Although alternating current, or AC, is the standard emission system around the world, most electric devices still run on direct current or DC. To compensate for the mismatch, electrical services must install converters in these devices for them to power up.

From cars to lights, to houses and commercial buildings, DC is the way to go. This is because DC has been shown to be more effective and more efficient in conducting energy. But if that’s the case, why is AC the preferred method of emission, and how does converting to an all-DC system help save on energy costs?

The “War of Currents”

It all started in the late 1880’s, with the birth of commercialized electricity in the country. Two scientists, Nikola Tesla and Thomas Edison, developed two different types of energy emission: Edison created the direct current system, while Tesla developed the alternating current method.

The two battled it out, with both parties trying to convince major energy distributors to use their system as the national standard. In the end, Tesla’s alternating current system, which at the time was cheaper, won over direct current. In 1893, General Westinghouse decided to use DC as their main form of emission.

While it may seem that AC won, the war of currents was not over. Thomas Edison, not wanting to lose the profits he gained with his DC patents, decided to mass produce devices with DC power cells, thereby mitigating the impact of AC.

Increasing Energy Efficiency

To understand the currents situation, it’s best to look at how both systems work. Both AC and DC take their names from how they transmit their power: DC uses a direct flow of electricity that provides a steady voltage, while AC uses an alternating flow that oscillates between voltages. Both systems have their advantages, with DC being able to provide higher voltages but in shorter distances, and AC transmitting to larger areas but at lower voltages.

To bridge the gap between the two, manufacturers use a system in which AC power is transmitted into a building, and transformers are used in every outlet to convert the energy to DC. The transformers convert the AC energy into DC. This process creates a lot of wasted energy.

To find a more efficient way of transmitting power, companies like data centers have started studying ways to maximize the energy they receive, while minimizing the energy wasted.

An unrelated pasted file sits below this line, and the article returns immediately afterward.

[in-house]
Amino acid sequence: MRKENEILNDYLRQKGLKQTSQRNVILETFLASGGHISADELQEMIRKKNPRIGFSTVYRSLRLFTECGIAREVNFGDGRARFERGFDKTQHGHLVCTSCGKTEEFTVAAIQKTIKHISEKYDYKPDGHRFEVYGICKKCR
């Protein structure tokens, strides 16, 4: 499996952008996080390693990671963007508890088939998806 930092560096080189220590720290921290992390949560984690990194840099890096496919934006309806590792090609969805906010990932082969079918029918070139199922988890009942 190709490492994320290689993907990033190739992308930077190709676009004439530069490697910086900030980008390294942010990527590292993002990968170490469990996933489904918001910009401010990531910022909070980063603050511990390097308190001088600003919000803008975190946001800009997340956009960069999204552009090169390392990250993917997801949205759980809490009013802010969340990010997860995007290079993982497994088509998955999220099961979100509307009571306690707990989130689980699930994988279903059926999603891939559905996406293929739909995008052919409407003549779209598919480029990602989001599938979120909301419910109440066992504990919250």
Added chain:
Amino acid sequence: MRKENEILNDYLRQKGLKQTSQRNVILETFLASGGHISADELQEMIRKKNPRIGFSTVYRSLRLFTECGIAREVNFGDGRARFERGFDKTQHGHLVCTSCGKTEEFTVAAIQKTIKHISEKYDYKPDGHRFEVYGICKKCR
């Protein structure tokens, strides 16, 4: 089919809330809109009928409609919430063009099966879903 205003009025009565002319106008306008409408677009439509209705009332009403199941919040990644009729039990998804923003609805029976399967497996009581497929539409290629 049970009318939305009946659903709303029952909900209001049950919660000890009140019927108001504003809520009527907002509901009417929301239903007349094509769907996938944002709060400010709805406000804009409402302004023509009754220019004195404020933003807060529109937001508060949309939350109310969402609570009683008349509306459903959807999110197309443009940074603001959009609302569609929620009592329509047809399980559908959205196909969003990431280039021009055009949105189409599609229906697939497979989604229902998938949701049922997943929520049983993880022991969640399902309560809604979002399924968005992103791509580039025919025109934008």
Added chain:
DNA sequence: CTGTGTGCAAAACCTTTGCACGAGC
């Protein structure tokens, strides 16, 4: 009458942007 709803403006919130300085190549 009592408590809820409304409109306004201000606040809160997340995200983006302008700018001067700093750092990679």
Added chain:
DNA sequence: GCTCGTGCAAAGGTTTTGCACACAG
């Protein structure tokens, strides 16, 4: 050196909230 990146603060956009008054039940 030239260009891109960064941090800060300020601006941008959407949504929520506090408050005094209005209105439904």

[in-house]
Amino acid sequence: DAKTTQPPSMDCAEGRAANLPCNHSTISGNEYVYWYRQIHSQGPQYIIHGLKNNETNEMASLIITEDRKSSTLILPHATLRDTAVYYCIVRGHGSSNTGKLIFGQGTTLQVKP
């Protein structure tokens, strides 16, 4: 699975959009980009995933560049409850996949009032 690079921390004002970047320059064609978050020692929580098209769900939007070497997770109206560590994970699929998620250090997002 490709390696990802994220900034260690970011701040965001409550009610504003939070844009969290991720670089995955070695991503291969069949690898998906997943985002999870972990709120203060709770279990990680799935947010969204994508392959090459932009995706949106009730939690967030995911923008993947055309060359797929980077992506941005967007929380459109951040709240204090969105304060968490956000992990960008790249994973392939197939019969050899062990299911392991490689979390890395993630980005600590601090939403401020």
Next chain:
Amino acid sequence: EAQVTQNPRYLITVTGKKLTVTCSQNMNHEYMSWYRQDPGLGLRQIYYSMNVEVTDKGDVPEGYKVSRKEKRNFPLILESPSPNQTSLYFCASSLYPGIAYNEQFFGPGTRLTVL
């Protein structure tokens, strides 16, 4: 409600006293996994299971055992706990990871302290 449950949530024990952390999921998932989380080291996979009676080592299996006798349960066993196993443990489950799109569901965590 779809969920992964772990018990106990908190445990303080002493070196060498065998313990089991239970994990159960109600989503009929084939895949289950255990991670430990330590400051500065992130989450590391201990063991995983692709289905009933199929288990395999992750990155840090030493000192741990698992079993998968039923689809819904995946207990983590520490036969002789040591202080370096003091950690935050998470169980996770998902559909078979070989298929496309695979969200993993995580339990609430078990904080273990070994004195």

Because most devices run on DC energy anyway, data centers have opted to build an electrical system that is fully DC, with the AC electricity being converted at the point-of-entry of the main power feed, and then emitted as DC across all outlets in the building. Data centers typically use massive amounts of electricity to continuously power all their devices. But despite their energy needs, a study conducted by Lawrence Berkeley Labs indicates that data centers that use a full DC system were able to reduce energy consumption by up to 7% and increase energy efficiency by 28%, allowing them to save at least 15% in energy costs.

Coupled with energy-saving devices such as solar panels (which create DC energy as well) and LED lights, DC power can create a more efficient energy-distribution system for commercial buildings, which use less power than data centers.

Switching to DC power has seen moderate success in saving on energy costs for both commercial and residential buildings. To get the best out of this conversion, and to learn more, it’s always best to consult with experts.

Legendary Electric has been servicing the Dallas and Fort Worth areas with over three generations of quality electrical services. Our in-house team of licensed service personnel is known for their professionalism and their skill.

To learn more about our services, or to learn more about AC/DC conversion, contact us today.